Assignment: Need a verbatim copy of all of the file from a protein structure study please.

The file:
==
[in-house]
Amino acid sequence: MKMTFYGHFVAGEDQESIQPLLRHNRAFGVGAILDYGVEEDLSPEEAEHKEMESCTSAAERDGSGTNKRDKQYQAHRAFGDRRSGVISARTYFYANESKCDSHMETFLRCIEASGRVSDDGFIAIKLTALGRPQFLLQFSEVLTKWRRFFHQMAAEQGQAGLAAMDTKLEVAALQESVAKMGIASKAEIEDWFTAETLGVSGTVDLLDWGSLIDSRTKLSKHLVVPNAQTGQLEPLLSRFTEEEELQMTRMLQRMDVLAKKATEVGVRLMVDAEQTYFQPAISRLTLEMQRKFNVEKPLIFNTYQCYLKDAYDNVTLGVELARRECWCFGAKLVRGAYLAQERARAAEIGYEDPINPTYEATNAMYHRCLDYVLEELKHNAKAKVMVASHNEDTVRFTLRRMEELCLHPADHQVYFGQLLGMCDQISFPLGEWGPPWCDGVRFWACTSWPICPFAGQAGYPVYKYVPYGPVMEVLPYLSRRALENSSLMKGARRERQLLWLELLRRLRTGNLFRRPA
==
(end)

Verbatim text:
[in-house]
Amino acid sequence: MKMTFYGHFVAGEDQESIQPLLRHNRAFGVGAILDYGVEEDLSPEEAEHKEMESCTSAAERDGSGTNKRDKQYQAHRAFGDRRSGVISARTYFYANESKCDSHMETFLRCIEASGRVSDDGFIAIKLTALGRPQFLLQFSEVLTKWRRFFHQMAAEQGQAGLAAMDTKLEVAALQESVAKMGIASKAEIEDWFTAETLGVSGTVDLLDWGSLIDSRTKLSKHLVVPNAQTGQLEPLLSRFTEEEELQMTRMLQRMDVLAKKATEVGVRLMVDAEQTYFQPAISRLTLEMQRKFNVEKPLIFNTYQCYLKDAYDNVTLGVELARRECWCFGAKLVRGAYLAQERARAAEIGYEDPINPTYEATNAMYHRCLDYVLEELKHNAKAKVMVASHNEDTVRFTLRRMEELCLHPADHQVYFGQLLGMCDQISFPLGEWGPPWCDGVRFWACTSWPICPFAGQAGYPVYKYVPYGPVMEVLPYLSRRALENSSLMKGARRERQLLWLELLRRLRTGNLFRRPA